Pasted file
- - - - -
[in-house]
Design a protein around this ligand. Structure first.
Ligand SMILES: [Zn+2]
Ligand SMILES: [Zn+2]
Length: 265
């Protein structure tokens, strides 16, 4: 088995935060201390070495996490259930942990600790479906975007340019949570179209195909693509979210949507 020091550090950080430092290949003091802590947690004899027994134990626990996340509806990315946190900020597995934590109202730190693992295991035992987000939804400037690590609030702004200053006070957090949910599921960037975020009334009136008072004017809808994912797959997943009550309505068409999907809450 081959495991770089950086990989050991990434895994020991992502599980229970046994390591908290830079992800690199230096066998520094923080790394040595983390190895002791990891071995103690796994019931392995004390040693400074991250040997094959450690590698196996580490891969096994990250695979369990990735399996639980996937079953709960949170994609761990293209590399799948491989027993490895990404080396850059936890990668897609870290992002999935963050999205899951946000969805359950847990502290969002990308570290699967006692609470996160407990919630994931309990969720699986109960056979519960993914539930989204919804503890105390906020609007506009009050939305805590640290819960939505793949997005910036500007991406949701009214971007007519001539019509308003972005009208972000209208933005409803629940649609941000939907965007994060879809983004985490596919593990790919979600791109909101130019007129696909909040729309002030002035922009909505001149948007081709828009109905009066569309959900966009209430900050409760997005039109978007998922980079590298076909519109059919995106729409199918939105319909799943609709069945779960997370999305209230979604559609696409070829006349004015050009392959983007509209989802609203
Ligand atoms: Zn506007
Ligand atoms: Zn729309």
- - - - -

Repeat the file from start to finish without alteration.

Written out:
[in-house]
Design a protein around this ligand. Structure first.
Ligand SMILES: [Zn+2]
Ligand SMILES: [Zn+2]
Length: 265
């Protein structure tokens, strides 16, 4: 088995935060201390070495996490259930942990600790479906975007340019949570179209195909693509979210949507 020091550090950080430092290949003091802590947690004899027994134990626990996340509806990315946190900020597995934590109202730190693992295991035992987000939804400037690590609030702004200053006070957090949910599921960037975020009334009136008072004017809808994912797959997943009550309505068409999907809450 081959495991770089950086990989050991990434895994020991992502599980229970046994390591908290830079992800690199230096066998520094923080790394040595983390190895002791990891071995103690796994019931392995004390040693400074991250040997094959450690590698196996580490891969096994990250695979369990990735399996639980996937079953709960949170994609761990293209590399799948491989027993490895990404080396850059936890990668897609870290992002999935963050999205899951946000969805359950847990502290969002990308570290699967006692609470996160407990919630994931309990969720699986109960056979519960993914539930989204919804503890105390906020609007506009009050939305805590640290819960939505793949997005910036500007991406949701009214971007007519001539019509308003972005009208972000209208933005409803629940649609941000939907965007994060879809983004985490596919593990790919979600791109909101130019007129696909909040729309002030002035922009909505001149948007081709828009109905009066569309959900966009209430900050409760997005039109978007998922980079590298076909519109059919995106729409199918939105319909799943609709069945779960997370999305209230979604559609696409070829006349004015050009392959983007509209989802609203
Ligand atoms: Zn506007
Ligand atoms: Zn729309």